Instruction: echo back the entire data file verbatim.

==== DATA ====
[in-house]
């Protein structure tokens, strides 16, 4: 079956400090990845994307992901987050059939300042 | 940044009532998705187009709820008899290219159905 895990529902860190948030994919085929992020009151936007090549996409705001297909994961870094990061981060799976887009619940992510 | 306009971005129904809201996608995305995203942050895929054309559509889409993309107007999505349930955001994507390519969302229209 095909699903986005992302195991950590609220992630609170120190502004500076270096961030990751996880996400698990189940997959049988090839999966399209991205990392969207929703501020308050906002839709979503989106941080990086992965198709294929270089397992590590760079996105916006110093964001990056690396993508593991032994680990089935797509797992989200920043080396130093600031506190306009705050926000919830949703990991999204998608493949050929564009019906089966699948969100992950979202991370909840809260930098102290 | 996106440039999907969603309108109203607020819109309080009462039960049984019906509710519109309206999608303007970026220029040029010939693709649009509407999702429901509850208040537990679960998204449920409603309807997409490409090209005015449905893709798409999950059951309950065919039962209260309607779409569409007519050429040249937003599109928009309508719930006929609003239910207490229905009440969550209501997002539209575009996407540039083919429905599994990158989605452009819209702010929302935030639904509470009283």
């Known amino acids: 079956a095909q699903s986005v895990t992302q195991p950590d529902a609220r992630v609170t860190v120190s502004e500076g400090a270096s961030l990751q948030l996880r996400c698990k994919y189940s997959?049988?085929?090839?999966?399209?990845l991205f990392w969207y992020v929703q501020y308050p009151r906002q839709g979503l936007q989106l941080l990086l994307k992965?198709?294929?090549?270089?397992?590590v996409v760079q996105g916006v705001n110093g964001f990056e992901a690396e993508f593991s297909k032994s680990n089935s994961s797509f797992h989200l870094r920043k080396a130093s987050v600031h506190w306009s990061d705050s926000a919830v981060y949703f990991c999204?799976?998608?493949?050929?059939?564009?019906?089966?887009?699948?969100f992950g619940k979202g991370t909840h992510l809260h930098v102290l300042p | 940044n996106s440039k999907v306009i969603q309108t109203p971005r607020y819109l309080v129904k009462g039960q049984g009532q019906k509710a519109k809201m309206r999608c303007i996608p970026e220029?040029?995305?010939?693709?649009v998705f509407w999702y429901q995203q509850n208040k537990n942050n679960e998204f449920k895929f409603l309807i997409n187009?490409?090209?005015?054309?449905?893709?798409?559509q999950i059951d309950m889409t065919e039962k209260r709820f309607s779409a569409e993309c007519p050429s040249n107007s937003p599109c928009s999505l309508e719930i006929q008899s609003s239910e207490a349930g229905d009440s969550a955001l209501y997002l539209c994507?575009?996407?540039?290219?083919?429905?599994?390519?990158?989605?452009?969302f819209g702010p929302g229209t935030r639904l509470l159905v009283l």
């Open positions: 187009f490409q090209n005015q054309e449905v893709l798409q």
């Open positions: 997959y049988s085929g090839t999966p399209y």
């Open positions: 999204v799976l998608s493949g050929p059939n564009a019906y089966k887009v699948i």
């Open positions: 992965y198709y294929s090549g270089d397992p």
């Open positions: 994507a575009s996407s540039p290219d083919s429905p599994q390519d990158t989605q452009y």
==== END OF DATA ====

[in-house]
């Protein structure tokens, strides 16, 4: 079956400090990845994307992901987050059939300042 | 940044009532998705187009709820008899290219159905 895990529902860190948030994919085929992020009151936007090549996409705001297909994961870094990061981060799976887009619940992510 | 306009971005129904809201996608995305995203942050895929054309559509889409993309107007999505349930955001994507390519969302229209 095909699903986005992302195991950590609220992630609170120190502004500076270096961030990751996880996400698990189940997959049988090839999966399209991205990392969207929703501020308050906002839709979503989106941080990086992965198709294929270089397992590590760079996105916006110093964001990056690396993508593991032994680990089935797509797992989200920043080396130093600031506190306009705050926000919830949703990991999204998608493949050929564009019906089966699948969100992950979202991370909840809260930098102290 | 996106440039999907969603309108109203607020819109309080009462039960049984019906509710519109309206999608303007970026220029040029010939693709649009509407999702429901509850208040537990679960998204449920409603309807997409490409090209005015449905893709798409999950059951309950065919039962209260309607779409569409007519050429040249937003599109928009309508719930006929609003239910207490229905009440969550209501997002539209575009996407540039083919429905599994990158989605452009819209702010929302935030639904509470009283």
């Known amino acids: 079956a095909q699903s986005v895990t992302q195991p950590d529902a609220r992630v609170t860190v120190s502004e500076g400090a270096s961030l990751q948030l996880r996400c698990k994919y189940s997959?049988?085929?090839?999966?399209?990845l991205f990392w969207y992020v929703q501020y308050p009151r906002q839709g979503l936007q989106l941080l990086l994307k992965?198709?294929?090549?270089?397992?590590v996409v760079q996105g916006v705001n110093g964001f990056e992901a690396e993508f593991s297909k032994s680990n089935s994961s797509f797992h989200l870094r920043k080396a130093s987050v600031h506190w306009s990061d705050s926000a919830v981060y949703f990991c999204?799976?998608?493949?050929?059939?564009?019906?089966?887009?699948?969100f992950g619940k979202g991370t909840h992510l809260h930098v102290l300042p | 940044n996106s440039k999907v306009i969603q309108t109203p971005r607020y819109l309080v129904k009462g039960q049984g009532q019906k509710a519109k809201m309206r999608c303007i996608p970026e220029?040029?995305?010939?693709?649009v998705f509407w999702y429901q995203q509850n208040k537990n942050n679960e998204f449920k895929f409603l309807i997409n187009?490409?090209?005015?054309?449905?893709?798409?559509q999950i059951d309950m889409t065919e039962k209260r709820f309607s779409a569409e993309c007519p050429s040249n107007s937003p599109c928009s999505l309508e719930i006929q008899s609003s239910e207490a349930g229905d009440s969550a955001l209501y997002l539209c994507?575009?996407?540039?290219?083919?429905?599994?390519?990158?989605?452009?969302f819209g702010p929302g229209t935030r639904l509470l159905v009283l």
């Open positions: 187009f490409q090209n005015q054309e449905v893709l798409q």
């Open positions: 997959y049988s085929g090839t999966p399209y």
């Open positions: 999204v799976l998608s493949g050929p059939n564009a019906y089966k887009v699948i």
């Open positions: 992965y198709y294929s090549g270089d397992p």
């Open positions: 994507a575009s996407s540039p290219d083919s429905p599994q390519d990158t989605q452009y």